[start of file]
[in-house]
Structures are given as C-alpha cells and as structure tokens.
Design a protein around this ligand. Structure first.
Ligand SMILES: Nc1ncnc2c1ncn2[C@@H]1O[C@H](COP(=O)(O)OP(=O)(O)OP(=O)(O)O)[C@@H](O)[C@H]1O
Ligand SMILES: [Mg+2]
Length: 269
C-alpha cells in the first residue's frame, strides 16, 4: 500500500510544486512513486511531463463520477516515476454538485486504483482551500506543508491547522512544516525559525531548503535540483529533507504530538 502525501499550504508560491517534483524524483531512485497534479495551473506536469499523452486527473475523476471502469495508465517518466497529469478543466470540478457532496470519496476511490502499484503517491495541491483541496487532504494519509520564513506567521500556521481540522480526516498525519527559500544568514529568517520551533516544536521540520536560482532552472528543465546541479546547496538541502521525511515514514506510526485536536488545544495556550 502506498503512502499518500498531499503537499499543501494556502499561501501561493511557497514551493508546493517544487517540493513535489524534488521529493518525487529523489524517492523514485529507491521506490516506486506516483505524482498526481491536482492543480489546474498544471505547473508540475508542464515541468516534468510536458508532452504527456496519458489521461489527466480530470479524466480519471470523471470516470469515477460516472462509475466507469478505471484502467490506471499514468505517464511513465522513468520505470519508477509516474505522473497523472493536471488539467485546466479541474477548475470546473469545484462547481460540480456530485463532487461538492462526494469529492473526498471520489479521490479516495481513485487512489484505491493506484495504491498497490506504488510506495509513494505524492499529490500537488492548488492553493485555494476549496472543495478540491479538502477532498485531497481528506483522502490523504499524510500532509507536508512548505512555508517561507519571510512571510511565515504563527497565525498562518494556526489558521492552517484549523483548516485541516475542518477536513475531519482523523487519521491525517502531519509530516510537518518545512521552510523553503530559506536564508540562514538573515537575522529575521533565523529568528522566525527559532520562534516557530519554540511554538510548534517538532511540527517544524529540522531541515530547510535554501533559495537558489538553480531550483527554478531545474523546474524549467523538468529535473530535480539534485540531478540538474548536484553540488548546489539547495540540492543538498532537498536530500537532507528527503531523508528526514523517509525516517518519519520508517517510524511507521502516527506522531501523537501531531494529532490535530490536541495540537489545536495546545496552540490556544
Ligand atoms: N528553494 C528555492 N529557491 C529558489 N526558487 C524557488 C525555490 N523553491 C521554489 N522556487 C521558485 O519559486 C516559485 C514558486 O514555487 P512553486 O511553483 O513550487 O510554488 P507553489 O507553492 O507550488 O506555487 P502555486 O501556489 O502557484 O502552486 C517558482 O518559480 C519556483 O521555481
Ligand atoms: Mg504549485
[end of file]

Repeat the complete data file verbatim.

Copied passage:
[in-house]
Structures are given as C-alpha cells and as structure tokens.
Design a protein around this ligand. Structure first.
Ligand SMILES: Nc1ncnc2c1ncn2[C@@H]1O[C@H](COP(=O)(O)OP(=O)(O)OP(=O)(O)O)[C@@H](O)[C@H]1O
Ligand SMILES: [Mg+2]
Length: 269
C-alpha cells in the first residue's frame, strides 16, 4: 500500500510544486512513486511531463463520477516515476454538485486504483482551500506543508491547522512544516525559525531548503535540483529533507504530538 502525501499550504508560491517534483524524483531512485497534479495551473506536469499523452486527473475523476471502469495508465517518466497529469478543466470540478457532496470519496476511490502499484503517491495541491483541496487532504494519509520564513506567521500556521481540522480526516498525519527559500544568514529568517520551533516544536521540520536560482532552472528543465546541479546547496538541502521525511515514514506510526485536536488545544495556550 502506498503512502499518500498531499503537499499543501494556502499561501501561493511557497514551493508546493517544487517540493513535489524534488521529493518525487529523489524517492523514485529507491521506490516506486506516483505524482498526481491536482492543480489546474498544471505547473508540475508542464515541468516534468510536458508532452504527456496519458489521461489527466480530470479524466480519471470523471470516470469515477460516472462509475466507469478505471484502467490506471499514468505517464511513465522513468520505470519508477509516474505522473497523472493536471488539467485546466479541474477548475470546473469545484462547481460540480456530485463532487461538492462526494469529492473526498471520489479521490479516495481513485487512489484505491493506484495504491498497490506504488510506495509513494505524492499529490500537488492548488492553493485555494476549496472543495478540491479538502477532498485531497481528506483522502490523504499524510500532509507536508512548505512555508517561507519571510512571510511565515504563527497565525498562518494556526489558521492552517484549523483548516485541516475542518477536513475531519482523523487519521491525517502531519509530516510537518518545512521552510523553503530559506536564508540562514538573515537575522529575521533565523529568528522566525527559532520562534516557530519554540511554538510548534517538532511540527517544524529540522531541515530547510535554501533559495537558489538553480531550483527554478531545474523546474524549467523538468529535473530535480539534485540531478540538474548536484553540488548546489539547495540540492543538498532537498536530500537532507528527503531523508528526514523517509525516517518519519520508517517510524511507521502516527506522531501523537501531531494529532490535530490536541495540537489545536495546545496552540490556544
Ligand atoms: N528553494 C528555492 N529557491 C529558489 N526558487 C524557488 C525555490 N523553491 C521554489 N522556487 C521558485 O519559486 C516559485 C514558486 O514555487 P512553486 O511553483 O513550487 O510554488 P507553489 O507553492 O507550488 O506555487 P502555486 O501556489 O502557484 O502552486 C517558482 O518559480 C519556483 O521555481
Ligand atoms: Mg504549485